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Thursday, February 25, 2010

Self-Sufficiency as a Retirement Investment

One aspect of preparedness that is very popular among preppers is the concept of "prepping as retirement".

The dream of retirement is really a dream of independence and financial self-sufficiency, which is central to prepping.

Too many people in this country retire with only their Canada Pension Plan.  The good thing about the CPP is that everybody gets one; the bad thing is that it's not enough to live on.  If they're lucky they may have put some money into a Registered Retirement Savings Plan, however, this isn't true self-sufficiency.

You do not want to be dependent on only these sources of retirement income;  RRSPs can lose value and the CPP is only around $800 a month, if you're lucky.  Both are subject to tax that further reduces your income.

If you want to increase your financial independence there are really only two ways to do this:

1) decrease the money going out

or


2) increase the money coming in


Apart from an income, the basics you need to survive in retirement is food, shelter and water.

The less you have of the last 3, the more income you'll need to purchase them.

Fortunately the reverse is also true! The more you have of the survival basics the less income you'll need in retirement.

The prepper lifestyle can help with both these goals and may even allow you reach that "Freedom 55" or earlier!


Debts and mortgage

One of the basic rules of prepping is to avoid debt as much as possible (with the exception of a house mortgage if necessary).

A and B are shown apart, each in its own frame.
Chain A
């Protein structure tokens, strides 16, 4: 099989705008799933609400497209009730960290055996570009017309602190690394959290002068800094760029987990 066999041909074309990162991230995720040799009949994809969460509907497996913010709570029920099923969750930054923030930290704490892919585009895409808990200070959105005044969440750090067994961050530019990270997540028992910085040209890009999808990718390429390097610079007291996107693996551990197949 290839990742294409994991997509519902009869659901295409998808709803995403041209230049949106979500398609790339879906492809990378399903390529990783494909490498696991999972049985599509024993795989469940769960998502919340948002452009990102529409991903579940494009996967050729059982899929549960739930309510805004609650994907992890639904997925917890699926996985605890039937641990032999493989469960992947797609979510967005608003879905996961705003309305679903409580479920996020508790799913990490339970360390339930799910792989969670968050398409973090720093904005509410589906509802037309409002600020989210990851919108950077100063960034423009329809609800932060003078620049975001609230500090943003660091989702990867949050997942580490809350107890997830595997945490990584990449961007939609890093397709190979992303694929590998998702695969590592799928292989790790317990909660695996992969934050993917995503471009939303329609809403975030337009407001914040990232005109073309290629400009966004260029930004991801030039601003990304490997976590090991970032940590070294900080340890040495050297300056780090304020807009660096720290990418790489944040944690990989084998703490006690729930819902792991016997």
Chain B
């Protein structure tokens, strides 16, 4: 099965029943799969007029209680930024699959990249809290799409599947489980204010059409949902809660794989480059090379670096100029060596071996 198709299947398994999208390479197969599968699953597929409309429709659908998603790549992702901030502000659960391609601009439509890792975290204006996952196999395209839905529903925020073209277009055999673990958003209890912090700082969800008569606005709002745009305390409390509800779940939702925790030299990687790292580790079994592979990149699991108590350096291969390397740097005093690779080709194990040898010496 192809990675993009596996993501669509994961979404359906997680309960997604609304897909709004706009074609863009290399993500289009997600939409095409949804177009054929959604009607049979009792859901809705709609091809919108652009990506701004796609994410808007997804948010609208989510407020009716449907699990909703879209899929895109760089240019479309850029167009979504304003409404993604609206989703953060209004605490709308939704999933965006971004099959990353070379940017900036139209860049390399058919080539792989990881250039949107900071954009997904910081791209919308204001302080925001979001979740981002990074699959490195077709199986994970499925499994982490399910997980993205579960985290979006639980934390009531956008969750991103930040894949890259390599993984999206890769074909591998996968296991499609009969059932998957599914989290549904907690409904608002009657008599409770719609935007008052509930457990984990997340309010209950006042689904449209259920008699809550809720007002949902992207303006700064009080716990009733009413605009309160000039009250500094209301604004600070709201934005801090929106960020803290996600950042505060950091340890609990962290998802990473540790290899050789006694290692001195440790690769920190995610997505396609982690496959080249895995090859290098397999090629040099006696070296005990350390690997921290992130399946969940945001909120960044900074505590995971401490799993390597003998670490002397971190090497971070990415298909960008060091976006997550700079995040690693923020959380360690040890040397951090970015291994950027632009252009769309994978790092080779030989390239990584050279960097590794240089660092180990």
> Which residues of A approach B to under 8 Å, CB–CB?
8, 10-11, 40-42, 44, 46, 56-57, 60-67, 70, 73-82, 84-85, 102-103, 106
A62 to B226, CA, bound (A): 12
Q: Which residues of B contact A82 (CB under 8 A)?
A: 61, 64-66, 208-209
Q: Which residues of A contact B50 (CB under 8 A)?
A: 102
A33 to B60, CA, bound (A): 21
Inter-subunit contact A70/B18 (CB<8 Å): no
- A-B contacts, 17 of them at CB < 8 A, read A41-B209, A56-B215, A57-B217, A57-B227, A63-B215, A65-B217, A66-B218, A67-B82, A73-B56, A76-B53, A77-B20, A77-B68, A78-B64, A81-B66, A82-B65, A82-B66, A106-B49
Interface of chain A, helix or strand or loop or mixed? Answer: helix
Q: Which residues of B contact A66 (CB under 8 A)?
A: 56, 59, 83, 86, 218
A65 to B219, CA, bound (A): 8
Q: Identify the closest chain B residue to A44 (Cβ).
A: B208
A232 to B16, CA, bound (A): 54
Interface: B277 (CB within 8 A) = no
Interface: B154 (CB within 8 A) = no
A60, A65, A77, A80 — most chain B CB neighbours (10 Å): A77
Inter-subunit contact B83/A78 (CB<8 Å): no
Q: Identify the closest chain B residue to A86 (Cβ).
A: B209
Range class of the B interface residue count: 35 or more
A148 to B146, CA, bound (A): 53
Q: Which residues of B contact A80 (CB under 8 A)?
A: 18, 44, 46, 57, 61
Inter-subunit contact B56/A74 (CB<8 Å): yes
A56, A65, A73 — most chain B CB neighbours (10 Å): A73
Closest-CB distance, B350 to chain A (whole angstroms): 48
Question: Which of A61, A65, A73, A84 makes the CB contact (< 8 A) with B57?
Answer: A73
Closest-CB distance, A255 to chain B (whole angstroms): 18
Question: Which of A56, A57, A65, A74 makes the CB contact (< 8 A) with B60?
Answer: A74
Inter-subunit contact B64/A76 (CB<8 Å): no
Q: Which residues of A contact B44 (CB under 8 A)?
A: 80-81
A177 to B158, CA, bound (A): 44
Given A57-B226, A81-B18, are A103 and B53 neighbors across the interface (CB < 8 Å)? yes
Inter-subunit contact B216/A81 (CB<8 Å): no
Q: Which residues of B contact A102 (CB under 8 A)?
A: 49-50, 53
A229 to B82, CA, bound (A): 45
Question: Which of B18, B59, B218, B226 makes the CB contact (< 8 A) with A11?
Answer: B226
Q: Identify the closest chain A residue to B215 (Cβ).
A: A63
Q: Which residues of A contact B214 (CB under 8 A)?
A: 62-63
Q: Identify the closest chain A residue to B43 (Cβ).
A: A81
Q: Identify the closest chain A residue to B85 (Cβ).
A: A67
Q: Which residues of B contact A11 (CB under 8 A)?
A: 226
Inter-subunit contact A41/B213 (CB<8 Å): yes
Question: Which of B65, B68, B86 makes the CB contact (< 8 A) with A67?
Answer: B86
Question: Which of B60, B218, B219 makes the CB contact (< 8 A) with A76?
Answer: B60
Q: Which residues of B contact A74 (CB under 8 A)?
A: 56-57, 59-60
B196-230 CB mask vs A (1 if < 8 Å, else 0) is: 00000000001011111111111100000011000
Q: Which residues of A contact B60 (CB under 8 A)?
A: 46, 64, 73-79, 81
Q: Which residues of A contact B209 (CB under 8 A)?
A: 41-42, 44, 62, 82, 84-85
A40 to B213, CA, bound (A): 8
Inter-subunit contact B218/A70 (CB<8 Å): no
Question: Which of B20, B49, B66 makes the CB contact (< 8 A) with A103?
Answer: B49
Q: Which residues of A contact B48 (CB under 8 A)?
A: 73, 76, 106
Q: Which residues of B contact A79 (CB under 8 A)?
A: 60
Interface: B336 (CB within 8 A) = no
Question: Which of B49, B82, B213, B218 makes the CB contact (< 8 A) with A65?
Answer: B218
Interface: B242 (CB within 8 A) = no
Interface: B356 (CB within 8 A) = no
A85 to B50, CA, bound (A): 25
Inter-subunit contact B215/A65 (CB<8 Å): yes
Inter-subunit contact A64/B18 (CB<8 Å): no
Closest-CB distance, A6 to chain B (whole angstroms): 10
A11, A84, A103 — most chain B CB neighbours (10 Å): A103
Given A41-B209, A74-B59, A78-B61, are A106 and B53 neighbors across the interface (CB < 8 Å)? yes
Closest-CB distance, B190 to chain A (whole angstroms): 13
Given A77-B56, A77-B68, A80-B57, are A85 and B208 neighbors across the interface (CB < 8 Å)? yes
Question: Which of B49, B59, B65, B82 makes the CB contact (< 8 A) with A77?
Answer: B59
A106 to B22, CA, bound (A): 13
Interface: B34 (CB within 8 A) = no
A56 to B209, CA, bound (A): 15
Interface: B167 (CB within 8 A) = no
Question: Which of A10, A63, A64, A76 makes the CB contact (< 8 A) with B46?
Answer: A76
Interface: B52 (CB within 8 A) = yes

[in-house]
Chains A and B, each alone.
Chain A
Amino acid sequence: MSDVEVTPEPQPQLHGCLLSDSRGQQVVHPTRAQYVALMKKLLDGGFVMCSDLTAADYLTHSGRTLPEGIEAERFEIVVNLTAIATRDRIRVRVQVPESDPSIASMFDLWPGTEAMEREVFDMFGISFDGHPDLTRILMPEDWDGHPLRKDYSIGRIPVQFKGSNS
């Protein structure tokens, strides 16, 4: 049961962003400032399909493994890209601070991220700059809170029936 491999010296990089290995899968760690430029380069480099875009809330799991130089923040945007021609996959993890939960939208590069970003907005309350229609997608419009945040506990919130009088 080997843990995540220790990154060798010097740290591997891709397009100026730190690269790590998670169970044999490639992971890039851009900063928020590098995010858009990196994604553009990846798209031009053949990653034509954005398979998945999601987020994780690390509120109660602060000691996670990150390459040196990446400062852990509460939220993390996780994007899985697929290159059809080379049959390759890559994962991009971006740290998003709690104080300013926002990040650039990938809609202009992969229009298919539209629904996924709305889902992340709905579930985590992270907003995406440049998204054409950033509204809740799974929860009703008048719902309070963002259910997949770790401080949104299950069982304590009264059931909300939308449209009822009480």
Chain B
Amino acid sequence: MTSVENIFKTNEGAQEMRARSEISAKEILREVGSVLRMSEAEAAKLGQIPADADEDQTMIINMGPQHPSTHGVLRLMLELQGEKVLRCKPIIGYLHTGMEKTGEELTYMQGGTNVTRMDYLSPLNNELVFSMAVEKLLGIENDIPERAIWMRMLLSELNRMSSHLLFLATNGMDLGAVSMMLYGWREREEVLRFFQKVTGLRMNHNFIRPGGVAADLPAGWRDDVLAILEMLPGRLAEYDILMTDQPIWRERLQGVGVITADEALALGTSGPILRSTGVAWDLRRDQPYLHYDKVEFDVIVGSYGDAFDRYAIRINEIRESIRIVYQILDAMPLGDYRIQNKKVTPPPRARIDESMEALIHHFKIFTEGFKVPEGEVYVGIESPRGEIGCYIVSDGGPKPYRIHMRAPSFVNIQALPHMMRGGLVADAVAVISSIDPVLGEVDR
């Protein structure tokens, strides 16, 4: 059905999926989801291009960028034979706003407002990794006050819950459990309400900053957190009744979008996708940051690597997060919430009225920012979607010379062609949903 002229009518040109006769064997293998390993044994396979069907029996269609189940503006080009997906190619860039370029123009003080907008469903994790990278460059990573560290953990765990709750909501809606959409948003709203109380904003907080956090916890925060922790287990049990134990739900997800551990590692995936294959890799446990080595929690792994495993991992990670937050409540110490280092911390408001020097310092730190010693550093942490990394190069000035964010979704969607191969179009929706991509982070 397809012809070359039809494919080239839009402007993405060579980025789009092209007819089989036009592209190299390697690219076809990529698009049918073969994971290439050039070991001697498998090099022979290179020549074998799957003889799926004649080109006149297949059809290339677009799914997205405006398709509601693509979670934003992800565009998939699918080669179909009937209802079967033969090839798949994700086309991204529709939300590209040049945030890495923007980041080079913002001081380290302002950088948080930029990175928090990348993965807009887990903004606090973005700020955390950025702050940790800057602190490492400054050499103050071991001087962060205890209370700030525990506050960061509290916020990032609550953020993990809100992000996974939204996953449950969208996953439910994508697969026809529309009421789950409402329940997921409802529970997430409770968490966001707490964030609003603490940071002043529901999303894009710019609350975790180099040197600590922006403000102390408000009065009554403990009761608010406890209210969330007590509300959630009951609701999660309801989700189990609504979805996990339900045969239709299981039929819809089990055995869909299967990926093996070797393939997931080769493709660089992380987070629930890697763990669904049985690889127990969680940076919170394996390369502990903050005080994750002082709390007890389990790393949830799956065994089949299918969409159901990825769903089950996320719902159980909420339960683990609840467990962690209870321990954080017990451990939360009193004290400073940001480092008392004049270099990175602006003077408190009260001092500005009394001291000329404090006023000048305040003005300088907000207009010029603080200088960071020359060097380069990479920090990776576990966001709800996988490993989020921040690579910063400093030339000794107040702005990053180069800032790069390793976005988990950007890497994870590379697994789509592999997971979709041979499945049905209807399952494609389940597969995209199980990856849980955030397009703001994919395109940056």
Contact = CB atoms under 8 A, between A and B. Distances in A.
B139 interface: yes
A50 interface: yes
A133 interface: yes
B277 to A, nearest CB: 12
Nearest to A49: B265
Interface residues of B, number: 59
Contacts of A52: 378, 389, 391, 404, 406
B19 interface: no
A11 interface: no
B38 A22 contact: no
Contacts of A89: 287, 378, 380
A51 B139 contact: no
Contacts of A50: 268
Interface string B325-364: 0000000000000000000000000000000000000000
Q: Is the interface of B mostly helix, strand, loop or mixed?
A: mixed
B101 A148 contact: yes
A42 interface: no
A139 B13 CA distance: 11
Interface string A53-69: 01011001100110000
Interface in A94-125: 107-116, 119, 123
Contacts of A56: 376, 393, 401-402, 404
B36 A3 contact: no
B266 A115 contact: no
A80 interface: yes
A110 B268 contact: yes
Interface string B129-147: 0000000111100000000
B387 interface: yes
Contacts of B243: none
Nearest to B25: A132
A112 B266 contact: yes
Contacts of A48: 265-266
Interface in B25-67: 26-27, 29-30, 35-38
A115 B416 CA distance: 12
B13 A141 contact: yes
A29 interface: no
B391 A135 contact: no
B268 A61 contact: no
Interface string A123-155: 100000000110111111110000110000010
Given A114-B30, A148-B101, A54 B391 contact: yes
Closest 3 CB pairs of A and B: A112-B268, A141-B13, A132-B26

It's pretty simple to realize that living on a fixed income is much easier if you don't have any debts to pay.  All that money saved will give you the FREEDOM to do what you want with your life; isn't that what liberty and independence is all about?

A popular method of paying off debts is the "snowball" method.  Basically you focus on paying off the debt with the smallest balance first and then apply that payment PLUS the regular monthly payment to the next smallest debt.

Rinse and repeat until all debts are gone including the mortgage.

A couple I know both have low incomes.  She's on a government pension and he brings in a little more than minimum wage, yet all the family and neighbors are surprised at the type of lifestyle they have.  Nice house, nice car and not wanting for anything. The secret isn't that they're scamming the system somehow, it's simply that they paid off their house years ago and they spend wisely without going into debt.

This should be your goal.

Think of all the prepping supplies and activities you could do if you had no debts...which brings us to tomorrow's post:

"Home Energy Independence as Retirement Investment"

(cross posted at Next Best West)